For making largish holes in leather and book board you can use a hollow punch (shown at left), which has a sharpened tube shaped hole on one end, and a flat head on the other end. Ours has replaceable tips for different size holes, but some hollow punches come in sets with a different punch for a different size hole.
To make a hole, place something underneath your material, something soft but dense, such as a scrap of book board, or an old phone book or catalog. Make sure it's thick enough to allow the punch to go into without going all the way through. You may also wish to avoid punching holes anywhere that if it does go all the way through it won't leave a hole where you don't want one (kitchen table, etc).
Next, place the hollow end of the punch on your material where you want a hole, hold the punch vertical, and hit the flat head with a hammer. Hit it hard. Repeat as needed. It can be a chore, but, as it requires wielding a hammer, it can also be satisfying.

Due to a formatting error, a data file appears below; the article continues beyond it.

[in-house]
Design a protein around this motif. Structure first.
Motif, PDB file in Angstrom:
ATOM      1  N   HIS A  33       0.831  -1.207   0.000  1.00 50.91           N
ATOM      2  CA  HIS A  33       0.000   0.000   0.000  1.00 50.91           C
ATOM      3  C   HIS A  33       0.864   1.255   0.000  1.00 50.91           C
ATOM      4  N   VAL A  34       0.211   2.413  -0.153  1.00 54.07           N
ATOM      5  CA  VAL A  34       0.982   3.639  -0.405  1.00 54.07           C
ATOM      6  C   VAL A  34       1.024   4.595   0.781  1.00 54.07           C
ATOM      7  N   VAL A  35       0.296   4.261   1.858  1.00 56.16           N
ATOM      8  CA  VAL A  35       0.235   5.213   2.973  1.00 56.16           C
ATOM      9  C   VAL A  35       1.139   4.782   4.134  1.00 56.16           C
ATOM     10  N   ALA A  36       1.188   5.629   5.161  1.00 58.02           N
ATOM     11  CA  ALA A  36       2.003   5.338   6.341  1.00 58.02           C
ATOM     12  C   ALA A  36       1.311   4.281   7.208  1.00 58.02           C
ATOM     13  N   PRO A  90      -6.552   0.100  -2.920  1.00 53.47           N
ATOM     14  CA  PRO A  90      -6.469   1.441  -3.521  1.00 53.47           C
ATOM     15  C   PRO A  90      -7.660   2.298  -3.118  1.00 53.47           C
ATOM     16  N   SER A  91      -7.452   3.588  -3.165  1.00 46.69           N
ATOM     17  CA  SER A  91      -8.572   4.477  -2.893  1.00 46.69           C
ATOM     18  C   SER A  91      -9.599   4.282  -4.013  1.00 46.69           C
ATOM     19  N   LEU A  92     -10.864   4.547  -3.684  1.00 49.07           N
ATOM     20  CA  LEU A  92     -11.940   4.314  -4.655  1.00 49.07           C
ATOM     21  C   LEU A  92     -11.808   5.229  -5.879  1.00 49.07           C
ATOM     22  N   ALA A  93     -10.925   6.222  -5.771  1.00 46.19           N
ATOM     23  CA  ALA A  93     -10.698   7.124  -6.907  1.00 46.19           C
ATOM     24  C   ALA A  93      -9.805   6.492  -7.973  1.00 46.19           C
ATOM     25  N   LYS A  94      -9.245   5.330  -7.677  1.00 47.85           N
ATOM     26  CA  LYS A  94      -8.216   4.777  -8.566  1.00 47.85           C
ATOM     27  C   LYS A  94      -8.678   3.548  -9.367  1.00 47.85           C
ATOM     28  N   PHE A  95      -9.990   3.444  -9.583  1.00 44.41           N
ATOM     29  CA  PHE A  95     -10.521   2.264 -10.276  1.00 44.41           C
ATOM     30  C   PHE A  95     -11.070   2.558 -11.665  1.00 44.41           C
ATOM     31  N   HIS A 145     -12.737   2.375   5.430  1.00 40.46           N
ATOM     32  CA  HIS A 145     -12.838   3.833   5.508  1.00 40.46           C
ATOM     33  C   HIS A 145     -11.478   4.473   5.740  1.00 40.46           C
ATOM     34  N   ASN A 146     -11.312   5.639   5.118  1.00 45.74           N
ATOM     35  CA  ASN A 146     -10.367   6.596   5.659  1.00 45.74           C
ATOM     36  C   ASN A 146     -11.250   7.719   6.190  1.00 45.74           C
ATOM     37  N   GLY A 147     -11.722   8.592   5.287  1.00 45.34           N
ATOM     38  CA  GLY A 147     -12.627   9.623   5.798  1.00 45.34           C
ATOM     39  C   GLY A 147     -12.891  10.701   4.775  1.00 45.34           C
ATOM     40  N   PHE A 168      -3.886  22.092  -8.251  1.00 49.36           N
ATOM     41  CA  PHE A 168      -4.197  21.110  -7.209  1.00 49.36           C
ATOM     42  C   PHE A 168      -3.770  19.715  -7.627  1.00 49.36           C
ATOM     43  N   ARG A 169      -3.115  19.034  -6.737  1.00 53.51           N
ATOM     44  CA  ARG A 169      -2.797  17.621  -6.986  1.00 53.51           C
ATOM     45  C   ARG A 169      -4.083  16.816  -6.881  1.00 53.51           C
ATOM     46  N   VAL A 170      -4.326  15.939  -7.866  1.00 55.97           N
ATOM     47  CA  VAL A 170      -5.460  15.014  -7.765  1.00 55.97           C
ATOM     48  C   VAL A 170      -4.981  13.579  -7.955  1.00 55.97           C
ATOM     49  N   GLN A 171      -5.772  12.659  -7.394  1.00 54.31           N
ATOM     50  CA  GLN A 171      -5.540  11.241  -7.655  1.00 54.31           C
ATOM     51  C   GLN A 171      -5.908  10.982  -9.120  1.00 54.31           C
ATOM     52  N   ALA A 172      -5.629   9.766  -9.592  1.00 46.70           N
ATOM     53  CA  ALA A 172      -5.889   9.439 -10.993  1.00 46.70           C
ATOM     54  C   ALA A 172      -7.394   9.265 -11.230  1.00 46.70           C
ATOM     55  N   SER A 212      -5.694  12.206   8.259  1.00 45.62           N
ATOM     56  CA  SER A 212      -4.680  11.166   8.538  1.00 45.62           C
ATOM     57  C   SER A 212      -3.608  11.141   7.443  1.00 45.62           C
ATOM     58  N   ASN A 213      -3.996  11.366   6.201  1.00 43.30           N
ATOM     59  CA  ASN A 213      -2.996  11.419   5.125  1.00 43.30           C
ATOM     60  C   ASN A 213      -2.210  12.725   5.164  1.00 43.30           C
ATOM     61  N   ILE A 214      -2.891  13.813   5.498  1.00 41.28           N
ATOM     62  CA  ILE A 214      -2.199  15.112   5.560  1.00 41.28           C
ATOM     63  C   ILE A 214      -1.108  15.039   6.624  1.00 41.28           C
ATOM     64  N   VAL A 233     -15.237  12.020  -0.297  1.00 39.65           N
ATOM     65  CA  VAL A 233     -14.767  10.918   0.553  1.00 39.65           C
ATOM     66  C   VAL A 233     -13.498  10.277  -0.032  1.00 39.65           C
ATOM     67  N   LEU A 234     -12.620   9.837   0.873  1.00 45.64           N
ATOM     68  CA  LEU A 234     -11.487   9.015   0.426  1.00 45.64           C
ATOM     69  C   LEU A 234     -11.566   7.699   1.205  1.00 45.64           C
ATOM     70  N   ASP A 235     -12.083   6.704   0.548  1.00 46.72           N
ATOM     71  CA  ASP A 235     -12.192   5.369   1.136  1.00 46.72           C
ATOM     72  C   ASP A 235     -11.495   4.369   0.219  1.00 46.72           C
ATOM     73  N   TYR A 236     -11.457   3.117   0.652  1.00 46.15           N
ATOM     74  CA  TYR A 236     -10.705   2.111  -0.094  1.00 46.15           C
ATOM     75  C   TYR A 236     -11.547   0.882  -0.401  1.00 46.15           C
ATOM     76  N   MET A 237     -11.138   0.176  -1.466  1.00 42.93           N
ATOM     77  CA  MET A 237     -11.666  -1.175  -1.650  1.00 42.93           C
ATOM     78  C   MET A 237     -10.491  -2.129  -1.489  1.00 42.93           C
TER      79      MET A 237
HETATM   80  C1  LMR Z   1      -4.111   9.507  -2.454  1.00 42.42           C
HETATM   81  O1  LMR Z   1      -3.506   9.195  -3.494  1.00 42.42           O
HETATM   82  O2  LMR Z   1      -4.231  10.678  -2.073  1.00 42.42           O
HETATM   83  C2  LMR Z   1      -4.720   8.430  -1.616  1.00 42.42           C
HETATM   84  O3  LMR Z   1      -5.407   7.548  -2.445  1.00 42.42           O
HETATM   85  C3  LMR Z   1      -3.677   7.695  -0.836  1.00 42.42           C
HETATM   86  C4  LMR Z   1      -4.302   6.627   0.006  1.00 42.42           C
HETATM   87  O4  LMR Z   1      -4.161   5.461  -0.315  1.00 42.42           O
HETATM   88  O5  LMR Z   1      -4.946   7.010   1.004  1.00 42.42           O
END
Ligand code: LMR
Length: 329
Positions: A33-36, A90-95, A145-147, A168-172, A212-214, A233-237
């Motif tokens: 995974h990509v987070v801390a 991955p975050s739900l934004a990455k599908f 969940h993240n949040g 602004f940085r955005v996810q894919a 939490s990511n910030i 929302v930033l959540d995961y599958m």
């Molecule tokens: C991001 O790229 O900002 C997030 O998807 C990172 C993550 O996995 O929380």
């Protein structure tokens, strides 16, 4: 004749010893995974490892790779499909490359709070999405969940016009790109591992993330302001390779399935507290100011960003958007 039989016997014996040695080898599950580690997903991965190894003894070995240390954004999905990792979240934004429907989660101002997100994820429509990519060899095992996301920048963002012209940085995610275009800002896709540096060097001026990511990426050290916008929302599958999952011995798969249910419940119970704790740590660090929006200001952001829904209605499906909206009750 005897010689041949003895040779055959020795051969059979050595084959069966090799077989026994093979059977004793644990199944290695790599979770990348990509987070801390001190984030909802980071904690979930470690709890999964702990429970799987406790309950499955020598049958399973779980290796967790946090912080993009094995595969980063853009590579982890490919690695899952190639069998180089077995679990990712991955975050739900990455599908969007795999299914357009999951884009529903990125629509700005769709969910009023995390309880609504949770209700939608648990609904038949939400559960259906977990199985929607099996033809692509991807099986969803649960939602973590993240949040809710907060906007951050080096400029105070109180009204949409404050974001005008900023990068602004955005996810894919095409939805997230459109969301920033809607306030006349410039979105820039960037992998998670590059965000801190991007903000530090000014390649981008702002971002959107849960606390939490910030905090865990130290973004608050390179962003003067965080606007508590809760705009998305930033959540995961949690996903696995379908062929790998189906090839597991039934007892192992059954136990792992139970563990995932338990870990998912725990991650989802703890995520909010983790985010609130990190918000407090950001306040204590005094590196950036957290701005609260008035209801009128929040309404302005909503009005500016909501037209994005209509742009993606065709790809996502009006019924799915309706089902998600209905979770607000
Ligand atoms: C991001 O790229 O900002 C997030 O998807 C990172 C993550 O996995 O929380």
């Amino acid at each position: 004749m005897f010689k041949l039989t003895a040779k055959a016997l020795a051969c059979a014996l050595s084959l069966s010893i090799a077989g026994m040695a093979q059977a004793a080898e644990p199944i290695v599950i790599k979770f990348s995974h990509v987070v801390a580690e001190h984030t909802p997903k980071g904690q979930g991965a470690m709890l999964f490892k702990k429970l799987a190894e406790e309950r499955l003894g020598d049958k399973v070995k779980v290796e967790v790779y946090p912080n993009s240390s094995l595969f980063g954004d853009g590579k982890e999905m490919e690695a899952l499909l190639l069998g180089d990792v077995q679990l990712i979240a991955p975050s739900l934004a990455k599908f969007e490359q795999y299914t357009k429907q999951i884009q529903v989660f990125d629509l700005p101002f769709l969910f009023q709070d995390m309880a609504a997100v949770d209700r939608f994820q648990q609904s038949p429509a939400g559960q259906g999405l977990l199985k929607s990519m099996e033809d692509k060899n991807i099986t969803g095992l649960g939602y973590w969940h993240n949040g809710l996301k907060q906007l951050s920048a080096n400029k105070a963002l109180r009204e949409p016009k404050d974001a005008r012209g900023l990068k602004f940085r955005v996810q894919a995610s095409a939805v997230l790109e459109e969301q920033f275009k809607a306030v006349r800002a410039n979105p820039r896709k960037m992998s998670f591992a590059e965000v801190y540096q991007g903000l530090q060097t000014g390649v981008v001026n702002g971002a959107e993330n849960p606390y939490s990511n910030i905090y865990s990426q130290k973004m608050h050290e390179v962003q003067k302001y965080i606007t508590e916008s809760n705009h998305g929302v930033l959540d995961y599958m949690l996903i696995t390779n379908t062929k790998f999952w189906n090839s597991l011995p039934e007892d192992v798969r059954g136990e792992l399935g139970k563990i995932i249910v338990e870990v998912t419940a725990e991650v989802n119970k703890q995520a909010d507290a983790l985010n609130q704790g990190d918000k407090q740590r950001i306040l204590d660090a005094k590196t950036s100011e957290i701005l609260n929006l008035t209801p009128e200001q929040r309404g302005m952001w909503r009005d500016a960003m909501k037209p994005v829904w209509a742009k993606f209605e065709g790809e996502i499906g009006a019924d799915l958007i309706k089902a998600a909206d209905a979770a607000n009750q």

The Crop-A-Dile comes in three flavors, designated by a I, II, or III, only two of which are for hole punching. (The Crop-A-Dile III, or Main Squeeze, is not for hole punching, but for die cutting, embossing, attaching corners and setting squeeze tabs. What's a squeeze tab?)
There is one style of book, a quasi-longstitch, for which we use the Crop-A-Dile I to punch holes in signatures (a group of pages). But, for most styles of books we use an awl for this job. However, it could be used to punch holes in pages of other book styles too. Just depends on what you like.
With our Crop-A-Dile I we have punched tens thousands of holes in book board and leather. And it's still going strong.
|Japanese screw punch|
|Leather hole punch|
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